Androgen deprivation therapy in prostate cancer: Are rising concerns leading to falling use? - Abstract

Toronto General Research Institute, Department of Medicine, Toronto General Hospital, Toronto, Canada.

University Health Network Faculty of Pharmacy Department of Medicine Toronto Health Economics and Technology Assessment Collaborative Dalla Lana School of Public Health, University of Toronto Institute for Clinical Evaluative Sciences School of Kinesiology and Health Science, York University Population Studies and Surveillance, Cancer Care Ontario Baycrest Centre for Geriatric Care Toronto Rehabilitation Institute, Canada.



Study Type - Therapy (cohort) Level of Evidence 2b.

To describe patterns of initiation of androgen deprivation therapy (ADT) in a population-based cohort of patients with prostate cancer.

All patients with prostate cancer in Ontario, Canada, who started ≥90 days of ADT at age ≥66 years in 1995-2005 were classified by ADT regimen: medical castration [oestrogen and/or luteinizing hormone-releasing hormone (LHRH) agonist); orchidectomy; antiandrogen monotherapy; combined androgen blockade (CAB) medical (medical castration plus antiandrogen); CAB surgical (orchidectomy plus antiandrogen). Indications for ADT were as follows: neoadjuvant (short-term before prostatectomy or radiation therapy); adjuvant (long-term with prostatectomy or radiation therapy); metastatic disease; biochemical recurrence; primary (localized disease); other. We examined trends in ADT regimen and indication over time.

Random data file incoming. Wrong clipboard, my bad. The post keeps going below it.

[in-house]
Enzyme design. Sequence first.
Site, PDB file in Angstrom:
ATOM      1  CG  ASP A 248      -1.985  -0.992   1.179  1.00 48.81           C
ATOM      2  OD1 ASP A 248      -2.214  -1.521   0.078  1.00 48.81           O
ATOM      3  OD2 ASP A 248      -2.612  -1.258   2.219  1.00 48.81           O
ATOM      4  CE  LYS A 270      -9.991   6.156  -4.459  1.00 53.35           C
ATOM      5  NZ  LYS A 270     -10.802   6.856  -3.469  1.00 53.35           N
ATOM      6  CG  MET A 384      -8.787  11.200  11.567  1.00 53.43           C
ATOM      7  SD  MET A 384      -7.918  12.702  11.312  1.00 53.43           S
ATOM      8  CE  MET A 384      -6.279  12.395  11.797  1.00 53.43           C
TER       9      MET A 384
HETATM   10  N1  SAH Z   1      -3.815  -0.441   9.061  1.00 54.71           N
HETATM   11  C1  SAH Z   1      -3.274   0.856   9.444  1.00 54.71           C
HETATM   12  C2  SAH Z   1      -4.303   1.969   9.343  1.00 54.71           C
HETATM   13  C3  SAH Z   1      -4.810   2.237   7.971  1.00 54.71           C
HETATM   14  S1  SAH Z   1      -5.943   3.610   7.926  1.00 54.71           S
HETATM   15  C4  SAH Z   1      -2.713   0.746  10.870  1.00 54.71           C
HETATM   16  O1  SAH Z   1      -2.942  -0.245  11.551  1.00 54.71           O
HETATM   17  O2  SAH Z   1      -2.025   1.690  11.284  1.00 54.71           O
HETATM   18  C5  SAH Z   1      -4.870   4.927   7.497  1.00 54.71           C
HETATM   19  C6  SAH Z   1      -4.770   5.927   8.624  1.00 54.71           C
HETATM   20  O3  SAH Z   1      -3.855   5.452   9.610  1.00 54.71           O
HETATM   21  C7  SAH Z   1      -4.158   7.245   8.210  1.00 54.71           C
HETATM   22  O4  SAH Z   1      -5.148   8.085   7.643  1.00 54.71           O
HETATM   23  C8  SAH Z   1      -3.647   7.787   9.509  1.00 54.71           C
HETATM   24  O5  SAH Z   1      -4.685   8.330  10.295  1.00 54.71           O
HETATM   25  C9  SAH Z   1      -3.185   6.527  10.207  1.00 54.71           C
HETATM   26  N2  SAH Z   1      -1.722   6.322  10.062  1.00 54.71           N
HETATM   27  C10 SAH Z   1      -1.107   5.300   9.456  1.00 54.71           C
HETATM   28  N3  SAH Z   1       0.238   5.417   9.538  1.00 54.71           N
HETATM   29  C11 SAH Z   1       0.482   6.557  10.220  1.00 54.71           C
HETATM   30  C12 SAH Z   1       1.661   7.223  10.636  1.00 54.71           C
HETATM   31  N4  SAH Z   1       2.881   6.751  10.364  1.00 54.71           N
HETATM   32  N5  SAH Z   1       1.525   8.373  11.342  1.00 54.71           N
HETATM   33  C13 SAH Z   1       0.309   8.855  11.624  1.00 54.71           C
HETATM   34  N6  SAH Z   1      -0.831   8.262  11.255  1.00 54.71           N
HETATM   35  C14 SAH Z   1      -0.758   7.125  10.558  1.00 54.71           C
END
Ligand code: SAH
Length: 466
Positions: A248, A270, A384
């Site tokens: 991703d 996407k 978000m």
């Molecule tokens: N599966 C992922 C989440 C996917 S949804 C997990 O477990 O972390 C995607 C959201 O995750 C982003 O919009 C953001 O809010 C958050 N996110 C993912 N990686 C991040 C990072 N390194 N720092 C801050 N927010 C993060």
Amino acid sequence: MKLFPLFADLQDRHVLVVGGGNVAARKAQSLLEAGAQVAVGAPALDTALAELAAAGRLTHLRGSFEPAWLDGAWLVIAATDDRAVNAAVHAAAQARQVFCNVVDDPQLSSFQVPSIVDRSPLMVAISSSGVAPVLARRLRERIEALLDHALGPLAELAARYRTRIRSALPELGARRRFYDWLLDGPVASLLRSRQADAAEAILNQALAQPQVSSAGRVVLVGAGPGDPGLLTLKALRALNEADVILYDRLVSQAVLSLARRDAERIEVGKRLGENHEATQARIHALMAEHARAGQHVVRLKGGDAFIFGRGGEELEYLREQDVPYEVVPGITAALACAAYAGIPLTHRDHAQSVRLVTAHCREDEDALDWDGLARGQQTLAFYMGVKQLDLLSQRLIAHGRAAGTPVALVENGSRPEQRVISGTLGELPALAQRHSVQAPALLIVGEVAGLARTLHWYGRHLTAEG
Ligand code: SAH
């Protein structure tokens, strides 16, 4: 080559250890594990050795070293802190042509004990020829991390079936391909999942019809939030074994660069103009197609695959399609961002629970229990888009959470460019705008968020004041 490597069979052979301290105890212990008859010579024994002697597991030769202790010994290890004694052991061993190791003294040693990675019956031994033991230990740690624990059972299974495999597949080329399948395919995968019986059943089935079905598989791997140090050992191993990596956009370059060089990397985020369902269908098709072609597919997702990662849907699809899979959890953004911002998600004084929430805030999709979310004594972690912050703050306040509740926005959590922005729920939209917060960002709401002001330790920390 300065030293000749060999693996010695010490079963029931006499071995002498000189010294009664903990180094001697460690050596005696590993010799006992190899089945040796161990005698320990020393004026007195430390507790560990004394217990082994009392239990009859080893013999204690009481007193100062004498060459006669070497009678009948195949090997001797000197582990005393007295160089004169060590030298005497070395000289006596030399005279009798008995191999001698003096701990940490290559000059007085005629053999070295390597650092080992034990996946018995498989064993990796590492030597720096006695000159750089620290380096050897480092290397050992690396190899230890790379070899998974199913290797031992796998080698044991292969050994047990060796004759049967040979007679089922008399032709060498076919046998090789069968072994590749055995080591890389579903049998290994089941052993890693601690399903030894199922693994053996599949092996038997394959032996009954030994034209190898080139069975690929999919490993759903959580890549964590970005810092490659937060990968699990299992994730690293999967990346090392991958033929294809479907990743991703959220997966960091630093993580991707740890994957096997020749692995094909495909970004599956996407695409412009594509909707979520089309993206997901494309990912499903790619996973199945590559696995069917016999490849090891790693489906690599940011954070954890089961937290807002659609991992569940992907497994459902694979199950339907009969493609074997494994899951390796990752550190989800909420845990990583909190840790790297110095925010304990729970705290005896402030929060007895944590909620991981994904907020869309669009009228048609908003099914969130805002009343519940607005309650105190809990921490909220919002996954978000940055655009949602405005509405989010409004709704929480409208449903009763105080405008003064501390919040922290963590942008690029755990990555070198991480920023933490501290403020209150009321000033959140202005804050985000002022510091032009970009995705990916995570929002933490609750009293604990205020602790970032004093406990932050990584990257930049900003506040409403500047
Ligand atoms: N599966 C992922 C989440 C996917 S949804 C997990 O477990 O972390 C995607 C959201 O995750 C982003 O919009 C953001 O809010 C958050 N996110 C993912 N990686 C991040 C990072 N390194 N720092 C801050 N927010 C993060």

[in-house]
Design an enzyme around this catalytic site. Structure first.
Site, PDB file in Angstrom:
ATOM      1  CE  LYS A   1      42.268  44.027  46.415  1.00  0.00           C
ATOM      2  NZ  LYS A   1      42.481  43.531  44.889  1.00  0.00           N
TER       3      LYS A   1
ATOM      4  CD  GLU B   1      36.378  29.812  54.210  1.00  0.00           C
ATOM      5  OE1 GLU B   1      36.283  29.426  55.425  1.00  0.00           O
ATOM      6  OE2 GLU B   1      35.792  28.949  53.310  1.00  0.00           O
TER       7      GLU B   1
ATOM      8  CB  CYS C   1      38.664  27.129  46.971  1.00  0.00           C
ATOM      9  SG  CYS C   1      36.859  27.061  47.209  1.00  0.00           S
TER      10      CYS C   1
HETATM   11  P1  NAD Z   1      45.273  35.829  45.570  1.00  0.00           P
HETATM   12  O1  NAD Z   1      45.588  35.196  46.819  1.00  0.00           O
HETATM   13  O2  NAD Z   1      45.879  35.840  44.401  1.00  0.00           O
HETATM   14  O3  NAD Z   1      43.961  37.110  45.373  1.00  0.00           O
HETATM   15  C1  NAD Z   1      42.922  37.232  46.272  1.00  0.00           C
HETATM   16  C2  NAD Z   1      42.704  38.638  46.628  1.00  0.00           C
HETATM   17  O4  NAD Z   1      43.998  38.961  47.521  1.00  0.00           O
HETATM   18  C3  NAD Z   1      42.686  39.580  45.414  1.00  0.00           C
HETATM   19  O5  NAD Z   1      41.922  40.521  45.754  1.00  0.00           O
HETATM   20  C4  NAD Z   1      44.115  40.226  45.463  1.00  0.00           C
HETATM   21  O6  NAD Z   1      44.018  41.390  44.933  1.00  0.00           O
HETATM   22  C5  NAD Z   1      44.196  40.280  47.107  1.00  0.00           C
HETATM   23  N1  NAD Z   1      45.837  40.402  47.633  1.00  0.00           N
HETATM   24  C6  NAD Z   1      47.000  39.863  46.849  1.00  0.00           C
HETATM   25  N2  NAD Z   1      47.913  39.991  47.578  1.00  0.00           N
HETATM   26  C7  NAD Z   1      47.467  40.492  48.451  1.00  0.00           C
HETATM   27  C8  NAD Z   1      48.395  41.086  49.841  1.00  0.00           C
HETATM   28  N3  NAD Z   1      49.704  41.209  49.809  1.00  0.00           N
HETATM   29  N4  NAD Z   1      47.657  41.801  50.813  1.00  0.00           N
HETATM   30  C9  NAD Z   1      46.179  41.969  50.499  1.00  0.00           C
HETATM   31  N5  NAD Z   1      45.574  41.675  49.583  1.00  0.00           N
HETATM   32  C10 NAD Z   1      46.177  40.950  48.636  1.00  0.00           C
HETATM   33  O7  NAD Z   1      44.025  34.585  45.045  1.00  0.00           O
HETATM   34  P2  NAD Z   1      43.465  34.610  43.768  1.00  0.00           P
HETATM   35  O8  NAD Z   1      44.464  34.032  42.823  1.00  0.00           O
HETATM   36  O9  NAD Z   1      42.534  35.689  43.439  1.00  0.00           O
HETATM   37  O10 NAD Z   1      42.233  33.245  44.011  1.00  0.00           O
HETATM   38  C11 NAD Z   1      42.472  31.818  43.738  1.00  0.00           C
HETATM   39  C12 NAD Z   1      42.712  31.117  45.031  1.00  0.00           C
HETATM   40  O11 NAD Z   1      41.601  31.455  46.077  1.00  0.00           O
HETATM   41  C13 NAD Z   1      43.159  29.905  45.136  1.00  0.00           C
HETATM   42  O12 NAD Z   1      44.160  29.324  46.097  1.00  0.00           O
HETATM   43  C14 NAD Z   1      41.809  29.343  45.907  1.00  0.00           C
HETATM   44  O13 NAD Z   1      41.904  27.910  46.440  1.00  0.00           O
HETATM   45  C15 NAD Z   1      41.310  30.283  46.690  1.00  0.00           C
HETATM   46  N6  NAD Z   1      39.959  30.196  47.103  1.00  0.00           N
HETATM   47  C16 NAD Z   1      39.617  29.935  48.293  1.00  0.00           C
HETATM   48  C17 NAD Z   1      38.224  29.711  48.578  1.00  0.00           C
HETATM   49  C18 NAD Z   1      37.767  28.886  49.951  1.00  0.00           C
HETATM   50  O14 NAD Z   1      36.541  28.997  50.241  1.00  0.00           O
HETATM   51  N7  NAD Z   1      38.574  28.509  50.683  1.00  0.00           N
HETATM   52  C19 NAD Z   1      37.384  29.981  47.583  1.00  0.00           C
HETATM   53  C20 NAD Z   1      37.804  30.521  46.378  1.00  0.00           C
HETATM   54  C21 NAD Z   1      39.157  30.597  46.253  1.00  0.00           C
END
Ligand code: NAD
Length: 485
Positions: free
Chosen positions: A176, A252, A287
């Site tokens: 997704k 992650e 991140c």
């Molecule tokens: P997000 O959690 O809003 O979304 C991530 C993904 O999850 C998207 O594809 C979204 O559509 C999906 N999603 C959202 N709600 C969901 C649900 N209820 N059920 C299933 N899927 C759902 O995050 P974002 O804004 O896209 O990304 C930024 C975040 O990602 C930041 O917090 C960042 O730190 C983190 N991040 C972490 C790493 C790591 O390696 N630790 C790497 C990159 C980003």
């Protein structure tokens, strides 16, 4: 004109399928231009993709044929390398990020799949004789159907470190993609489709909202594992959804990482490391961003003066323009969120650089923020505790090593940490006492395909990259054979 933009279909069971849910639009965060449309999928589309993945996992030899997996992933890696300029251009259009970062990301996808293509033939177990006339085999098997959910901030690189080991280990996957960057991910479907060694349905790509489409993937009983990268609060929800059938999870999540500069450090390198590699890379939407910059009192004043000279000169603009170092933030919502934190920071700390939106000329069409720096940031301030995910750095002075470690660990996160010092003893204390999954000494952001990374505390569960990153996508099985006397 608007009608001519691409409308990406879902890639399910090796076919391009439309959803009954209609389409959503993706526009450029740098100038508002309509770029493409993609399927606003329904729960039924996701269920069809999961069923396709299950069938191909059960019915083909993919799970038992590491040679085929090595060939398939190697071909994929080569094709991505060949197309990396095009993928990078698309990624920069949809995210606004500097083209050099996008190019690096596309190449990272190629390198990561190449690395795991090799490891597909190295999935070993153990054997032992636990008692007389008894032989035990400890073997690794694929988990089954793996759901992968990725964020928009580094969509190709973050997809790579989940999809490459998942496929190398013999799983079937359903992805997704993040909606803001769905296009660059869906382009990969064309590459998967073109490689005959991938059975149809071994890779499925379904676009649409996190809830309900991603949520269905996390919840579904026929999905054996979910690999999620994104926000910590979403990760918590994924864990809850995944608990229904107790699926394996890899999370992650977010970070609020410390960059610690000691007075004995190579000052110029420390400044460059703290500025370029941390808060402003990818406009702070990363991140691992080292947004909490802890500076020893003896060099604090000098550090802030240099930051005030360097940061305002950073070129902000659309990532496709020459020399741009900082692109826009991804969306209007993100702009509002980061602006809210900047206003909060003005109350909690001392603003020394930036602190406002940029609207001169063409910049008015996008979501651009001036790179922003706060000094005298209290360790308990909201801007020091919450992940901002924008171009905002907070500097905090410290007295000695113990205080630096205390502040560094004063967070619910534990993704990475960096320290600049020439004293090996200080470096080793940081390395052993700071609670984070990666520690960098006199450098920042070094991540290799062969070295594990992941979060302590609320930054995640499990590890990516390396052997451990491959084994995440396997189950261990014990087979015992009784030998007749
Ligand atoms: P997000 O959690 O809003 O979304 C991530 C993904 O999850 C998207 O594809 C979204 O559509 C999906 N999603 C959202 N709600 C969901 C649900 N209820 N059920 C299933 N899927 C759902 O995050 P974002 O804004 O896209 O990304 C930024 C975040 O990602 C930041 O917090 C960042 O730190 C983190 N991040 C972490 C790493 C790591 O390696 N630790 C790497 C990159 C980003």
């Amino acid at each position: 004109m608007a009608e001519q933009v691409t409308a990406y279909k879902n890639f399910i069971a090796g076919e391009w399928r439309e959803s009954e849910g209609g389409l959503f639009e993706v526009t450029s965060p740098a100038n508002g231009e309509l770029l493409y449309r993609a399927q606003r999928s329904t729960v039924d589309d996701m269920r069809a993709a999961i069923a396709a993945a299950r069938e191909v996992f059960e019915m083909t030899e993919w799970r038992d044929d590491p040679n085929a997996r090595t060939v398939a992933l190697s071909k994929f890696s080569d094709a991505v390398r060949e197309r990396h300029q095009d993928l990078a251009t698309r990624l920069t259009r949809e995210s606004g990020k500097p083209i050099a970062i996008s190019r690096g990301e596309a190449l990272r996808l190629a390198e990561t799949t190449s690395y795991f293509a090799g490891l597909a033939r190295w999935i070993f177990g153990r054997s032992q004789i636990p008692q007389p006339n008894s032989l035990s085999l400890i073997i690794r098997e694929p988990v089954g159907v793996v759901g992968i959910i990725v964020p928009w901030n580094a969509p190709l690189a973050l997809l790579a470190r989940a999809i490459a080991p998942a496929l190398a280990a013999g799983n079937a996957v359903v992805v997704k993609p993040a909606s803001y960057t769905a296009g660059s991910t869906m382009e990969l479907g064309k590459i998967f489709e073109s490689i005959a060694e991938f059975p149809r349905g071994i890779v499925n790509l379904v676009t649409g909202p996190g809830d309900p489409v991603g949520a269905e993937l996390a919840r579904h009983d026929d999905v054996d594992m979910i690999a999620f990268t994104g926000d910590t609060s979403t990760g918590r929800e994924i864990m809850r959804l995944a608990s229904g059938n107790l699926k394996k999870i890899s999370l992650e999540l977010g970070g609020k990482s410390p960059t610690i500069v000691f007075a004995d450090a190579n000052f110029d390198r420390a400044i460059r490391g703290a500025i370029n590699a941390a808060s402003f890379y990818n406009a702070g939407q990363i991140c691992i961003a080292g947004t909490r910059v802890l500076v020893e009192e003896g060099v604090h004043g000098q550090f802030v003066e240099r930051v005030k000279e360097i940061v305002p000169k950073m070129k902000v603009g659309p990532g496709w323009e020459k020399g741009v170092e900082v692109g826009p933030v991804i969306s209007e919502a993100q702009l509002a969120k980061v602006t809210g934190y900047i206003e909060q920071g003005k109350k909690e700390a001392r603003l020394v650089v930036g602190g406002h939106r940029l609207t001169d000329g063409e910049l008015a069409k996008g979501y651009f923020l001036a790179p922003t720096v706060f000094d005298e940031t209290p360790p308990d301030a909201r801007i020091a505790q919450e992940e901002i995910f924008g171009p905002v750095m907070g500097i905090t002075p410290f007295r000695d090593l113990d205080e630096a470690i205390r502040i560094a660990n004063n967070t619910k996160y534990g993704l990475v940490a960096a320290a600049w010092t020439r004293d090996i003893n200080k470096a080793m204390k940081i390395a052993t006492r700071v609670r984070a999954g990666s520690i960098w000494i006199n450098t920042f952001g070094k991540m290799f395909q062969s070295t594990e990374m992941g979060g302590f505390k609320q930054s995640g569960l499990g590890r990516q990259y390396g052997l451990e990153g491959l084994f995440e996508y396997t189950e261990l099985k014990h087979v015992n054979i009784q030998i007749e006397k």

The number of patients initiating ADT increased from 1995 to 2001 (2106-2916 per year) and declined thereafter to 2200-2300 annually (total n= 26 809). However, prostate cancer prevalence doubled over these years, and the rate of ADT initiation decreased from 16 to 7 per 100 person-years. Patterns varied by regimen and indication. Medical castration increased from 12% of all ADT in 1995 to 47% in 2005; orchidectomy decreased from 17 to 4%. Use for metastatic disease remained stable, but adjuvant therapy increased from <3% of all ADT in 1995 to 13% in 2005. Primary therapy was the most common indication, but decreased over time.

ADT initiation has fallen and marked changes occurred in treatment patterns for prostate cancer. Changes might be driven by increasing awareness of potential harms and costs, and by new evidence supporting ADT for specific indications.

Written by:
Krahn M, Bremner KE, Tomlinson G, Luo J, Ritvo P, Naglie G, Alibhai SM.   Are you the author?

Reference: BJU Int. 2011 Mar 31. Epub ahead of print.
doi: 10.1111/j.1464-410X.2011.10127.x

PubMed Abstract
PMID: 21453344 Prostate Cancer Section